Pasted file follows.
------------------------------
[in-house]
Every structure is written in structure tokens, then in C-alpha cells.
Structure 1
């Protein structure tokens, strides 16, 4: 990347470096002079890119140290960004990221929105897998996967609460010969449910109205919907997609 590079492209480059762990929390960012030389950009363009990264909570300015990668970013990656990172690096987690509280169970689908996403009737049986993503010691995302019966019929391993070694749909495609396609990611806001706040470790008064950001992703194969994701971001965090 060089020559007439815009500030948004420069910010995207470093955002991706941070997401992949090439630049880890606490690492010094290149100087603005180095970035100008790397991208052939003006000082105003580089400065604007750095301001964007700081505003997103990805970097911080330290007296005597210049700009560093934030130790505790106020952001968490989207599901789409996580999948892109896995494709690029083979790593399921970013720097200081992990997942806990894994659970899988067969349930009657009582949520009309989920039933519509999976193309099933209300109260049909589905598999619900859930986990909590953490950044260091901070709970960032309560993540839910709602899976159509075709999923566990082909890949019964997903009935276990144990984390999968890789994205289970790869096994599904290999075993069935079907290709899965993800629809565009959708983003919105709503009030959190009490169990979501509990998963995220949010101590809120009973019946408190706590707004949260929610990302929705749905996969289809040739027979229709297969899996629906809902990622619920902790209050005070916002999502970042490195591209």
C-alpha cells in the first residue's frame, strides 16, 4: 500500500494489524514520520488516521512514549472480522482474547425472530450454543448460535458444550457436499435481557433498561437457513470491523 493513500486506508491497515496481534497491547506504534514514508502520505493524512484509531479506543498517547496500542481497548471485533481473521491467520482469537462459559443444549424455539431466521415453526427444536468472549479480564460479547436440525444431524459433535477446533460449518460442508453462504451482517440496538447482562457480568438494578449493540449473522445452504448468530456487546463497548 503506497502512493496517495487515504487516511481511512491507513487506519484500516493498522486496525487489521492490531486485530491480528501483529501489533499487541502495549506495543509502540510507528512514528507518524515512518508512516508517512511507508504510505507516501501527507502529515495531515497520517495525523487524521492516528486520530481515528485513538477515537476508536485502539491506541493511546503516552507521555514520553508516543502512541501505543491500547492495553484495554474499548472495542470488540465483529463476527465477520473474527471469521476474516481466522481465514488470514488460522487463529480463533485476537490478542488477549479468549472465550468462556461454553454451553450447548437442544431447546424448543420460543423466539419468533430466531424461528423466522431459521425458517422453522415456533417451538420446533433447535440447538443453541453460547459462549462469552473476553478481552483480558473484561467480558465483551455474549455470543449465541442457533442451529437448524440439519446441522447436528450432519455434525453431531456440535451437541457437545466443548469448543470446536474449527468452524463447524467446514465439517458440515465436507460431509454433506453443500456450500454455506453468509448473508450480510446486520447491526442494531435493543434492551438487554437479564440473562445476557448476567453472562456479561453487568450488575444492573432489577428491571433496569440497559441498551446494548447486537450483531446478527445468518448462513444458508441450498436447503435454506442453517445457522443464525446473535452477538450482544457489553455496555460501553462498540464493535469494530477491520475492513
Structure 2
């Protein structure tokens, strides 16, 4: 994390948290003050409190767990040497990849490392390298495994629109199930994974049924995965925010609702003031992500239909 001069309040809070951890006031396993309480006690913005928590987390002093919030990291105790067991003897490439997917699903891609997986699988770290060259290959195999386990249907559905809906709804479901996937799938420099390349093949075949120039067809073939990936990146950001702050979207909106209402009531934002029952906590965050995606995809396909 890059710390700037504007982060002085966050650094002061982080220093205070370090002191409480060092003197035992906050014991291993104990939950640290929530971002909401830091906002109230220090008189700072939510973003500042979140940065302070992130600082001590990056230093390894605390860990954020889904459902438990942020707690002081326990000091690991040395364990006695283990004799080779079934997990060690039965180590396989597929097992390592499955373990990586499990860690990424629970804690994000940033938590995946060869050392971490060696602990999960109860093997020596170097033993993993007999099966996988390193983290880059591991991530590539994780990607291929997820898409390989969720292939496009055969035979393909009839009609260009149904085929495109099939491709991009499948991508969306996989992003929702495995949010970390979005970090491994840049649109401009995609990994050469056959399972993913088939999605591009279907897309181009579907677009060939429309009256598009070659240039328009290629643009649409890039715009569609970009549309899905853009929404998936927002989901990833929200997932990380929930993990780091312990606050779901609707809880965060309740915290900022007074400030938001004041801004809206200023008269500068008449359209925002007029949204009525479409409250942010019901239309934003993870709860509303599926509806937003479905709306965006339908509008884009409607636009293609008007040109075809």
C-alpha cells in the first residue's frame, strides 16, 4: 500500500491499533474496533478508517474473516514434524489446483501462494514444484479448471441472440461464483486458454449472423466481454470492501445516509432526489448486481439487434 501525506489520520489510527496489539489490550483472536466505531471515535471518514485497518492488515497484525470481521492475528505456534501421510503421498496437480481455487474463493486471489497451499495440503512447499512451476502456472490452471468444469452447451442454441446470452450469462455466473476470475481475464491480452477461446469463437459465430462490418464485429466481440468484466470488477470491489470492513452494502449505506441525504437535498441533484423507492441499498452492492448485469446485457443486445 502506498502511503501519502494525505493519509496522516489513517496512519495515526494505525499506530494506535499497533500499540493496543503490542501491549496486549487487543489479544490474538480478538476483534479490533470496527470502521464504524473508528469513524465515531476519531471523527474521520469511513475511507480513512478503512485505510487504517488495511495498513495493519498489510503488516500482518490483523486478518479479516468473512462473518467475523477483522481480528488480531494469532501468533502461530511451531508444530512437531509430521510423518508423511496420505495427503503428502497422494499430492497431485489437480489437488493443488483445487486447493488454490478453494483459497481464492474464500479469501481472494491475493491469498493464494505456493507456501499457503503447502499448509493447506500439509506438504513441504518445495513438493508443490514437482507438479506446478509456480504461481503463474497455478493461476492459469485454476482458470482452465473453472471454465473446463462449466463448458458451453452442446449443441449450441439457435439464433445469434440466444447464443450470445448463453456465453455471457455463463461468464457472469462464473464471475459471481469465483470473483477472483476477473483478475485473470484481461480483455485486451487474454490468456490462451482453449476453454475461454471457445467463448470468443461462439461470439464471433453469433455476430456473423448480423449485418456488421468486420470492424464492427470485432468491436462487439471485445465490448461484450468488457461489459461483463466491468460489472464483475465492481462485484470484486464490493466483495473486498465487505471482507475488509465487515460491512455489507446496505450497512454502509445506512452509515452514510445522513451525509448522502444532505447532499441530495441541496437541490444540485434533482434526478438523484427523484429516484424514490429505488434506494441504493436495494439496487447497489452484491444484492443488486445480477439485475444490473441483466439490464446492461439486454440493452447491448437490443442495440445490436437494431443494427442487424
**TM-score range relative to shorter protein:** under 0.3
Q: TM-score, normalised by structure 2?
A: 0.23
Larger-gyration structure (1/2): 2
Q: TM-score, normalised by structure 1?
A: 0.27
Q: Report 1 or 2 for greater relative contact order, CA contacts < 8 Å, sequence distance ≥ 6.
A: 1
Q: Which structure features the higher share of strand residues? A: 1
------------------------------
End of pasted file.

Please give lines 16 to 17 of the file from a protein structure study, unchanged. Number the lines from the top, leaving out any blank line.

A: 1
Q: Which structure features the higher share of strand residues? A: 1